An exception to the mootness doctrine exists for cases that are capable of repetition, yet evade review. Stevenson v. Blytheville School Dist. No. 5, 762 F.3d 765, 769 (8th Cir. 2014).

[A] controversy is capable of repetition, yet evading review where both of the following two requirements are met: (1) the challenged action [is] in its duration too short to be fully litigated prior to its cessation or expiration, and (2) there [is] a reasonable expectation that the same complaining party [will] be subjected to the same action again.

Id. (quotations omitted) (alterations in original). In Stevenson, the court held that the appeal from the denial of a preliminary injunction enjoining a school district from adopting a measure which would effectively prevent the children of plaintiffs from transferring schools was rendered moot when the school year ended. The controversy was "not 'capable of repetition'" because the issue pertained to one school year, and that school year was complete. Id. at 770. Similarly, Plaintiffs challenge the decision suspending Mathews-Williams for the remainder of the 2018 basketball season. That season is complete. Moreover, Mathews-Williams is a senior and will not be playing next season.

         Plaintiffs advance no argument as to why their claim for injunctive or declaratory relief is not now moot.

         Plaintiffs also requested monetary relief.[2] "A legitimate, non-speculative claim for compensatory damages is not mooted by a change in circumstances." Cobb v. U.S. Dep't of Educ, 2006 WL 2671241, *3 (D. Minn. Sept. 18, 2006). Francis Howell and Janes argue that the only allegations supporting a claim for monetary damages are that Mathews-Williams might miss out an athletic scholarship if not permitted to play in the few remaining games.[3] Plaintiffs do not disagree with this characterization of their claim, which the Court finds to be too speculative to withstand the unopposed motions to dismiss. In Governor Wentworth Regional School Dist. v. Hendrickson, 201 Fed.Appx. 7, 8-9 (1st Cir. 2006) (per curiam), the court dismissed an appeal challenging on First Amendment grounds a student's suspension from school. The parents' claim for damages based on a theory that the suspension would adversely affect their son's employment prospects was determined to be too speculative to prevent the appeal from becoming moot on the student's graduation. Id. See also Schell v. OSY USA, Inc., 814 F.3d 1107, 1115 (10th Cir. 2016) (finding claim for dama ges arising from allegations of hypothetical future harm too speculative to save appeal from mootness); CMR D.N. Corp. v. City of Philadelphia, 703 F.3d 612, 622 (3rd Cir. 2013) (noting that "[c]laims for damages are retrospective in nature - they compensate for past harm") (emphasis added); Brown v. U.S. Dep't of Justice, 169 Fed.Appx. 537, 541 (11th Cir. 2006) (per curiam) (rejecting as too speculative plaintiffs claim for damages based on allegations that documents in her personnel file could destroy her career). Cf. McFarlin, 980 F.2d at 1210 (student's claim for compensatory damages for civil rights violated resulting from school board's banning her from basketball team without providing her a hearing was not rendered moot by her graduation).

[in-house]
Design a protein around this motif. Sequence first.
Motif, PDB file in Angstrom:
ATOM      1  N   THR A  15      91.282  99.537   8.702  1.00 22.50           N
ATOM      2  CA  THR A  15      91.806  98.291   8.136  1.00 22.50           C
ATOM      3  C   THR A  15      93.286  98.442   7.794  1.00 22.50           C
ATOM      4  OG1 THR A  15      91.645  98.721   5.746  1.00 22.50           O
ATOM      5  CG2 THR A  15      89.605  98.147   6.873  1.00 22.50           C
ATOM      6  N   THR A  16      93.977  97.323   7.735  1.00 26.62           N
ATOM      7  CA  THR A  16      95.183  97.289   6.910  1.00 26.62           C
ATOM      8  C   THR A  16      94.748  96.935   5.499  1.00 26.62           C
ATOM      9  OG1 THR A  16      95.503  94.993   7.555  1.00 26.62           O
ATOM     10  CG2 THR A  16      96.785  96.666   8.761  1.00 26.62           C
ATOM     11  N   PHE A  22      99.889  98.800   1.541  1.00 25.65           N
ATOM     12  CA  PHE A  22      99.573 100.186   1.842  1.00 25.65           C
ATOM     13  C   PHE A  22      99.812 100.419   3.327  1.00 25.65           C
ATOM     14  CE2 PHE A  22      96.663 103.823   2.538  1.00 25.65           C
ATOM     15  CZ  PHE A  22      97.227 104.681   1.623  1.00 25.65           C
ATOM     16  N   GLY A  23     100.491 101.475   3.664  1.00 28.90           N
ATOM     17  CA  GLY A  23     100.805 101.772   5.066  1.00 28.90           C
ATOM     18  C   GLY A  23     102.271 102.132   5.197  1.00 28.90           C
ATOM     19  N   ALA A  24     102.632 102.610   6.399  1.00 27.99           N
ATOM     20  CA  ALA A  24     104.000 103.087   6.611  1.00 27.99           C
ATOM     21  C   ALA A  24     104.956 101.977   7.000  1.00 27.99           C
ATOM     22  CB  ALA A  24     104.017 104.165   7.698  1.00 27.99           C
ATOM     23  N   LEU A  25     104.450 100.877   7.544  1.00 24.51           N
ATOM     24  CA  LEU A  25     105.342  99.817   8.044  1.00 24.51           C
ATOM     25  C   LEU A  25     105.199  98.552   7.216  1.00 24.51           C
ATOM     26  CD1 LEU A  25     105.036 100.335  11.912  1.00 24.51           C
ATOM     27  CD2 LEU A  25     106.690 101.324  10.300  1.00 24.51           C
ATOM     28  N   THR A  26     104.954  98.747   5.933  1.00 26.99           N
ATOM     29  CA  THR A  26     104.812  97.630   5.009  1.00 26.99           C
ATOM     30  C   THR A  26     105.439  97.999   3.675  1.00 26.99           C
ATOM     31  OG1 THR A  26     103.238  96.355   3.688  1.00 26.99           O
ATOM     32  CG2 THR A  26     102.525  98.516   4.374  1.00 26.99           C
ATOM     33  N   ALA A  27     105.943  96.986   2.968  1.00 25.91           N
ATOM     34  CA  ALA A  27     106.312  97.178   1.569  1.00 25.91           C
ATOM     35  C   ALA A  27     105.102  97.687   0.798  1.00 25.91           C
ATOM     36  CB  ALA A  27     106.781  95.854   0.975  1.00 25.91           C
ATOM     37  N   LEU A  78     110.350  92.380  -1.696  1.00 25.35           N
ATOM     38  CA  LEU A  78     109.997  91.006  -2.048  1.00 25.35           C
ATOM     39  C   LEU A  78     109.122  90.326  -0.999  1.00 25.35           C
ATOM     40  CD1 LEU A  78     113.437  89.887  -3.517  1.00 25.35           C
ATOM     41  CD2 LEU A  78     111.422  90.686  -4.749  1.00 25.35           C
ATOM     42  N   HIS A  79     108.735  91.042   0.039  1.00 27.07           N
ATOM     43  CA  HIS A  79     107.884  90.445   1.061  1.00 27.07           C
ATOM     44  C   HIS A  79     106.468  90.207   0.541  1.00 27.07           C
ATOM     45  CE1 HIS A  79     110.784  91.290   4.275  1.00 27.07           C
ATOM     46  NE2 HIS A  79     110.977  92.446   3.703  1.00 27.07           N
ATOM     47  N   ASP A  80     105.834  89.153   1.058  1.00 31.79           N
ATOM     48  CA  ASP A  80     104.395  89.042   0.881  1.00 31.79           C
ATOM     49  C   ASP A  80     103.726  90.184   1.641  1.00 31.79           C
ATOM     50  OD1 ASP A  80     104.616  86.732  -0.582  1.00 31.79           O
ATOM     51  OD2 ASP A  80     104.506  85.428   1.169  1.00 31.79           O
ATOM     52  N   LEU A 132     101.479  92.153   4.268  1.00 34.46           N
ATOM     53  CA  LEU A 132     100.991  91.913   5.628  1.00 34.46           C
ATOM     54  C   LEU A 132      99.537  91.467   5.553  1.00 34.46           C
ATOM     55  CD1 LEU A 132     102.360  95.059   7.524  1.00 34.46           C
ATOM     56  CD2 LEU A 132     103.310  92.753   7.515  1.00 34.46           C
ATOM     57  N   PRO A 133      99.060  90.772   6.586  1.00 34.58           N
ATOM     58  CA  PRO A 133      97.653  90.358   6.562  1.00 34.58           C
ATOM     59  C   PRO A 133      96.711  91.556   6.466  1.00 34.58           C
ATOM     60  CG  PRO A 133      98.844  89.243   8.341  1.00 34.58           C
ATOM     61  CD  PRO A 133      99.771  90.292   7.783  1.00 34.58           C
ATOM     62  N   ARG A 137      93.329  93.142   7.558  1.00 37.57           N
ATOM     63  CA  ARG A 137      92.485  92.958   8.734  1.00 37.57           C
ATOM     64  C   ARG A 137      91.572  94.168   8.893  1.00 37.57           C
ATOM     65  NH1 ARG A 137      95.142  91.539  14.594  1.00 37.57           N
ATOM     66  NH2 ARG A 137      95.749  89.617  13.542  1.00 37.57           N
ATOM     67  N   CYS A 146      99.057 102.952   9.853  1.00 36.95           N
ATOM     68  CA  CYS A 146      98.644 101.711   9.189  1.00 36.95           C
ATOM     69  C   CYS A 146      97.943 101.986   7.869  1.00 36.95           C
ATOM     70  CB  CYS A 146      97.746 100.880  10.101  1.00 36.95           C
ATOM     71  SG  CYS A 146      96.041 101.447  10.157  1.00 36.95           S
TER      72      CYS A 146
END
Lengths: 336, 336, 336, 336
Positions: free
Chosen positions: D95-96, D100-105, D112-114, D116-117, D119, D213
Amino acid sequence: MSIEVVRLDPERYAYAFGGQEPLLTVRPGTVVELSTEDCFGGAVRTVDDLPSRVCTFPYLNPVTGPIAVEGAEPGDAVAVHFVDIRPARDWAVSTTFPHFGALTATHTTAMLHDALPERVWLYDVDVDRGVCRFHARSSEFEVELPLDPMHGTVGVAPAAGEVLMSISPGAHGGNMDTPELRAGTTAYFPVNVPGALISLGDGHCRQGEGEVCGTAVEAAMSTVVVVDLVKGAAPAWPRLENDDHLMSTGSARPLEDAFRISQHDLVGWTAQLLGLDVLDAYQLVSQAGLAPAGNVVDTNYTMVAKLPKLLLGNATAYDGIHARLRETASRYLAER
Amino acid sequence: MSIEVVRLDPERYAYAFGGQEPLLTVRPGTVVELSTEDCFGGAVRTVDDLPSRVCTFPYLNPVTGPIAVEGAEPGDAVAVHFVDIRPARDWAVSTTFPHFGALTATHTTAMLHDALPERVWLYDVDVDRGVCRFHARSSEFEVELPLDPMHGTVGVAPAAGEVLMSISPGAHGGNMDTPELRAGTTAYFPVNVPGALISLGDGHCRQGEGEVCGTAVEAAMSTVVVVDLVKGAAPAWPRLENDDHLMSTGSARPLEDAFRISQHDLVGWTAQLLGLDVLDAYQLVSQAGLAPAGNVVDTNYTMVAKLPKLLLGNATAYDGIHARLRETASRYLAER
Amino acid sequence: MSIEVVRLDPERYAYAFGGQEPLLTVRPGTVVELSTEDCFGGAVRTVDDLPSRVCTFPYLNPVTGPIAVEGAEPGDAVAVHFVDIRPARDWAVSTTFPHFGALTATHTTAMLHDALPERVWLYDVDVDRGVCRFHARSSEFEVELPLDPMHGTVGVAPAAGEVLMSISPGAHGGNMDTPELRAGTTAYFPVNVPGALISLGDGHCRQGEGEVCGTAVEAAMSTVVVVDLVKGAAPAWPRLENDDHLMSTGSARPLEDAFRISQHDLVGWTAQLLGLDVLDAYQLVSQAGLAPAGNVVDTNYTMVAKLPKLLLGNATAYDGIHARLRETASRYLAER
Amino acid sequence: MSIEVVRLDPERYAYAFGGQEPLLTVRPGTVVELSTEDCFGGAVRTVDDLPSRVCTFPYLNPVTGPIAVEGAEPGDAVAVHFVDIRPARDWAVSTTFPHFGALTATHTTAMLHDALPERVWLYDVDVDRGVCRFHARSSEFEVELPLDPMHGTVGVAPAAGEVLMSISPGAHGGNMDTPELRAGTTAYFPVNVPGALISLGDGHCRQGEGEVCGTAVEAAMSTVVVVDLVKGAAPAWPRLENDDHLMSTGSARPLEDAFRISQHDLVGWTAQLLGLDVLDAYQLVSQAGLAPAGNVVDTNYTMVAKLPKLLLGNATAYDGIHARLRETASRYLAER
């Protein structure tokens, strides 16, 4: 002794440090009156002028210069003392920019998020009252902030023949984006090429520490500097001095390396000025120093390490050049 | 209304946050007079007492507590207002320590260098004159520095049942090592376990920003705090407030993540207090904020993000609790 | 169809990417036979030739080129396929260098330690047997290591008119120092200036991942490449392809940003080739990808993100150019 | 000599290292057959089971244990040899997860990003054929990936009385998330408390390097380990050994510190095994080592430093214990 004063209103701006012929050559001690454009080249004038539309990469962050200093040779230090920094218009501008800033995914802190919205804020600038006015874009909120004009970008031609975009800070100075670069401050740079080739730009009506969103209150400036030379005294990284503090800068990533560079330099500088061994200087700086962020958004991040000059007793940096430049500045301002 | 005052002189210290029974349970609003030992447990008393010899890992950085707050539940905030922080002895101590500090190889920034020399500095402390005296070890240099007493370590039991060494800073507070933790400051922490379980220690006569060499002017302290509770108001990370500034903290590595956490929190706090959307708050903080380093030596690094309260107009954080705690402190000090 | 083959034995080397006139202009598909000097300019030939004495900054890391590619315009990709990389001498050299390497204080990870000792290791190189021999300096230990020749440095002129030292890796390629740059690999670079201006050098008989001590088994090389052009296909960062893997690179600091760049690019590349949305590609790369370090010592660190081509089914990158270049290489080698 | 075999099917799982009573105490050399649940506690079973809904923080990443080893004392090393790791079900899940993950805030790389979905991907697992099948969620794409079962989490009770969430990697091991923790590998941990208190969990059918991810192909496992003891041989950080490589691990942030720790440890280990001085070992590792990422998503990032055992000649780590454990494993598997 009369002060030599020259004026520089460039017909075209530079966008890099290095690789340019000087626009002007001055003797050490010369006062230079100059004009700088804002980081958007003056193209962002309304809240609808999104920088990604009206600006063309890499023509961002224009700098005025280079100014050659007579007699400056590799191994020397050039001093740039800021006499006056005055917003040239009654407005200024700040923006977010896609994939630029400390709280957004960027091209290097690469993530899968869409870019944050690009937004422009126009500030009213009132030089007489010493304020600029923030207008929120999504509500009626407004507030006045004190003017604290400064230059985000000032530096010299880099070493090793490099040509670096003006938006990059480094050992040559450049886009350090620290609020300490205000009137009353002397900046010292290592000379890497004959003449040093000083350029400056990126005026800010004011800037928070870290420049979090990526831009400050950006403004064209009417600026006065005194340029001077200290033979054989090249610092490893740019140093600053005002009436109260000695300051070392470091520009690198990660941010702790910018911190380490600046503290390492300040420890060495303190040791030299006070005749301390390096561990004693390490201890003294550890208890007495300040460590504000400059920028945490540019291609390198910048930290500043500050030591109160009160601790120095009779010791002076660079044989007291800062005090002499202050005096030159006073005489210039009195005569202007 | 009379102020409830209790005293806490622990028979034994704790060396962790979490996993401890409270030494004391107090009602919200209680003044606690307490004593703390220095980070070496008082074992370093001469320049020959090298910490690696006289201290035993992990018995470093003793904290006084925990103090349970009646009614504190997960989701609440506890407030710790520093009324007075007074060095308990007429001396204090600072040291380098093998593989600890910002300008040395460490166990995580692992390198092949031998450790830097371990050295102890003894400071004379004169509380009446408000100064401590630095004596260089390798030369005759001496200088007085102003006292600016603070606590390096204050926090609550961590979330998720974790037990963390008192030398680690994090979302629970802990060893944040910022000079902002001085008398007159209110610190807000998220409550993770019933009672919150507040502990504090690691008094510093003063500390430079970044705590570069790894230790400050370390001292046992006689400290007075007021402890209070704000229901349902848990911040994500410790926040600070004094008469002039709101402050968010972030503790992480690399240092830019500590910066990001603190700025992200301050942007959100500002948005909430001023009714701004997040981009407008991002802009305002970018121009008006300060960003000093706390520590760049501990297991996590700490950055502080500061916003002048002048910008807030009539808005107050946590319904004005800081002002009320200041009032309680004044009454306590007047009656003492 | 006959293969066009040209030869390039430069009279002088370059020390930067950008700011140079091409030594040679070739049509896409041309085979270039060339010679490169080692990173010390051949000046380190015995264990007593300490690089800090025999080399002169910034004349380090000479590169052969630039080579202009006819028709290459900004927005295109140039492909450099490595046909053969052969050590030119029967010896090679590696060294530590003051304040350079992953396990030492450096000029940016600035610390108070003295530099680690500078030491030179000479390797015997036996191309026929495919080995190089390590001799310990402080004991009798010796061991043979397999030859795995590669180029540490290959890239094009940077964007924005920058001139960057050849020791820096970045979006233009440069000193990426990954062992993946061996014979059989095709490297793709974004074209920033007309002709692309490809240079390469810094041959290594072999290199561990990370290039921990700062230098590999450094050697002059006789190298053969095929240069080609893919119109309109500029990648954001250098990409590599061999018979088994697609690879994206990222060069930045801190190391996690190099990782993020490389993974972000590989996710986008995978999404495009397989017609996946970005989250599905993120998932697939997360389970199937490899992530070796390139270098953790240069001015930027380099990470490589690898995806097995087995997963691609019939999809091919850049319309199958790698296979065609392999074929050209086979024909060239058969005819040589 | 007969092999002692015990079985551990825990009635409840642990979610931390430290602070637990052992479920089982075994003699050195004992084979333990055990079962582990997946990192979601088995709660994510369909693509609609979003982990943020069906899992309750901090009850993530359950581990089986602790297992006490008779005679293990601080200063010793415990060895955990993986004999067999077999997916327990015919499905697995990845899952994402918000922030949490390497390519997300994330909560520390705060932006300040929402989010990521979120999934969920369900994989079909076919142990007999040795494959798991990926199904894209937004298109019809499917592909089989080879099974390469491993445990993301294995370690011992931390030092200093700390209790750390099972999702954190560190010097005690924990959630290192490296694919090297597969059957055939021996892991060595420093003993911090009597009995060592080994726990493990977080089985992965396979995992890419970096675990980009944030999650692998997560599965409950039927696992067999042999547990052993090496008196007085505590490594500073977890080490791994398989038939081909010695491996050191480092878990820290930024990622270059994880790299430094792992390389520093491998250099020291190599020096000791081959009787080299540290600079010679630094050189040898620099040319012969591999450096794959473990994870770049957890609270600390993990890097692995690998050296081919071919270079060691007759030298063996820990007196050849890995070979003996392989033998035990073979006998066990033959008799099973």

Accordingly, for the foregoing reasons, IT IS HEREBY ORDERED that the amended motion to dismiss of Missouri State High School Activities Association [ECF No. 21] and the motion to dismiss of Francis Howell North High School and Michael Janes [ECF No. 26] are each GRANTED.

         IT IS FURTHER ORDERED that the remaining pending motions are denied as ...